Differences between men’s and women’s tennis wagering
Tennis betting is exhilarating if you know what you are looking at. But even the best tennis bettors need to remember that there are plenty of things that can make tennis matches different for wagering purposes. One of those key factors is the difference between men’s and women’s tennis, which feature some differences that can greatly affect how betting on each sport should be approached. These differences in particular should never be forgotten by tennis bettors as they attempt to navigate the ATP and WTA tours while trying to make bets that will be profitable along the way.
Right off the bat, the fact that more players tend to win events in women’s tennis is something that tennis bettors should keep in mind. While the favorites in both men’s and women’s tennis are alluring most of the time, men’s tennis typically has the favorites win their marquee events on a more regular basis. The big three of Nadal, Djokovic, and Federer are almost always factors late in Grand Slam and Masters 1000 events on the men’s side to drive that point home.
In women’s tennis betting, this means that bettors should not be afraid to think outside the box when they make bets, especially with futures wagers. Even in Grand Slams, it isn’t uncommon to see some of the top ranked players in the sport fail to get through the first week of a major, and players with longer odds than the two or three top seeds are often the best value plays to make when picking tournament winners. This doesn’t mean that a bettor has to select a player who is unseeded, but finding players on strong form going into tournaments is often more valuable than the seed number next to their name.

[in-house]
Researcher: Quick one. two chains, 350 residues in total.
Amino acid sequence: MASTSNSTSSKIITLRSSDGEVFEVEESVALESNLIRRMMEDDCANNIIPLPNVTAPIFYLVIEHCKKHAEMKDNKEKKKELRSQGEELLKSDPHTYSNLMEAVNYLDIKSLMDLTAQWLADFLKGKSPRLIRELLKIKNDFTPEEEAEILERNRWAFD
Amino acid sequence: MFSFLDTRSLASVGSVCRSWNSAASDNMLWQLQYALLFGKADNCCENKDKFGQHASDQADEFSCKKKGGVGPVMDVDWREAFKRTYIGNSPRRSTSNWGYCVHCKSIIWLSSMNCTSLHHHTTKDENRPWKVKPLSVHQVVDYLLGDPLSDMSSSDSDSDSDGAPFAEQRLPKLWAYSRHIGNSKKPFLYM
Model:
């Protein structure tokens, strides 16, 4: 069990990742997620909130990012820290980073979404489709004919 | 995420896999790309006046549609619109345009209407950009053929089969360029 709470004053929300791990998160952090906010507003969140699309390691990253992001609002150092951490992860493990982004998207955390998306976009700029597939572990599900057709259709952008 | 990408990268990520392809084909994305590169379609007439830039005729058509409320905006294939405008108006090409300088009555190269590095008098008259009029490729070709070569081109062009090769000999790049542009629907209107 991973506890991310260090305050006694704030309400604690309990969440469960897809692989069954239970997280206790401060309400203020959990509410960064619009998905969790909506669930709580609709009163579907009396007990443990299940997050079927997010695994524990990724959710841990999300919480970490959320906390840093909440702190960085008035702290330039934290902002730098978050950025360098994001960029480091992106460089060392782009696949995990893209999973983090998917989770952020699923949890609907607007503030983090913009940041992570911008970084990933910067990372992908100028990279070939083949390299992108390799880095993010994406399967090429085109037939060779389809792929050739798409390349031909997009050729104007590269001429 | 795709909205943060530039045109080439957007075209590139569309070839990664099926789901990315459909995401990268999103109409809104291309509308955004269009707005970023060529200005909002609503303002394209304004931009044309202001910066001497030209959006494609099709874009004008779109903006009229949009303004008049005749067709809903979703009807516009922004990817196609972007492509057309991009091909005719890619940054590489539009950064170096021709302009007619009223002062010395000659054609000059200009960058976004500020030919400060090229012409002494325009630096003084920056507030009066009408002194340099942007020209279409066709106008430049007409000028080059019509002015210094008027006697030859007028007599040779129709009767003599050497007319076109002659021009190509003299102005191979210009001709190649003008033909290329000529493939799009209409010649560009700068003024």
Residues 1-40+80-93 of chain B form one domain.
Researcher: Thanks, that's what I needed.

Serving is important in both men’s and women’s tennis, but men’s tennis’ reliance on serving is something that all bettors should take into consideration when tennis betting online. With higher average serve velocities, it is harder to return serves in the men’s game, which makes the sport’s best servers that much harder to deal with. Canadian Milos Raonic is a great example of this, as he is often able to win matches just by being unbreakable on his serve.
Bettors should also think about the impact that each surface type has on serving. Hard courts and grass courts tend to be the most serve-friendly surfaces, while clay courts tend to slow things down and don’t favor heavy servers quite as much. In men’s tennis, this means that players who are better at serving tend to have more success on grass and hard courts, with players like Kevin Anderson and John Isner being bigger threats in those environments.
In women’s tennis, meanwhile, the emphasis is more centered around groundstrokes and being effective after the serve. Although there are exceptions like Serena Williams and Julia Goerges who possess plenty of power in their serves to give themselves an advantage, a player’s serve often shouldn’t be as heavily weighted in a tennis bettor’s handicapping in the women’s tour. To put this tennis betting advice to use, check out these sites.
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